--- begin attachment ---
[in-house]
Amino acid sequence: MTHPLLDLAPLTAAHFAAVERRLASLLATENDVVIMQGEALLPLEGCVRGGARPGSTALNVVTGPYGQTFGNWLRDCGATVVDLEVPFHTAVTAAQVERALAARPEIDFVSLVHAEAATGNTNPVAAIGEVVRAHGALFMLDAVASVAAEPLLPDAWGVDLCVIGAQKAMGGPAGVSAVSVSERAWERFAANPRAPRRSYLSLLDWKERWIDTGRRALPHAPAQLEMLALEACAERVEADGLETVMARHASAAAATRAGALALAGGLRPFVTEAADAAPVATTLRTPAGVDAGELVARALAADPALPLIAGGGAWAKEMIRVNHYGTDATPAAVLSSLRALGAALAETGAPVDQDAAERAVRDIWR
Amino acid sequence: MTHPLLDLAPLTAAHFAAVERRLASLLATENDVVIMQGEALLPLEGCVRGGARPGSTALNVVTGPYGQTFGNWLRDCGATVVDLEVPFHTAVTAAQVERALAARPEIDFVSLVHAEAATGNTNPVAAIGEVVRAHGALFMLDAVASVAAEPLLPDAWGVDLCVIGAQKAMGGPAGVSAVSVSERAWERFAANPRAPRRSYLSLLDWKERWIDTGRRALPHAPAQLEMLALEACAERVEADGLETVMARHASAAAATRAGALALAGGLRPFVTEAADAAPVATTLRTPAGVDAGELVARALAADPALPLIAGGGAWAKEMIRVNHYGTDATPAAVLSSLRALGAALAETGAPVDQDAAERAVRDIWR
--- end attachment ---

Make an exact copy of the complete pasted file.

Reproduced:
[in-house]
Amino acid sequence: MTHPLLDLAPLTAAHFAAVERRLASLLATENDVVIMQGEALLPLEGCVRGGARPGSTALNVVTGPYGQTFGNWLRDCGATVVDLEVPFHTAVTAAQVERALAARPEIDFVSLVHAEAATGNTNPVAAIGEVVRAHGALFMLDAVASVAAEPLLPDAWGVDLCVIGAQKAMGGPAGVSAVSVSERAWERFAANPRAPRRSYLSLLDWKERWIDTGRRALPHAPAQLEMLALEACAERVEADGLETVMARHASAAAATRAGALALAGGLRPFVTEAADAAPVATTLRTPAGVDAGELVARALAADPALPLIAGGGAWAKEMIRVNHYGTDATPAAVLSSLRALGAALAETGAPVDQDAAERAVRDIWR
Amino acid sequence: MTHPLLDLAPLTAAHFAAVERRLASLLATENDVVIMQGEALLPLEGCVRGGARPGSTALNVVTGPYGQTFGNWLRDCGATVVDLEVPFHTAVTAAQVERALAARPEIDFVSLVHAEAATGNTNPVAAIGEVVRAHGALFMLDAVASVAAEPLLPDAWGVDLCVIGAQKAMGGPAGVSAVSVSERAWERFAANPRAPRRSYLSLLDWKERWIDTGRRALPHAPAQLEMLALEACAERVEADGLETVMARHASAAAATRAGALALAGGLRPFVTEAADAAPVATTLRTPAGVDAGELVARALAADPALPLIAGGGAWAKEMIRVNHYGTDATPAAVLSSLRALGAALAETGAPVDQDAAERAVRDIWR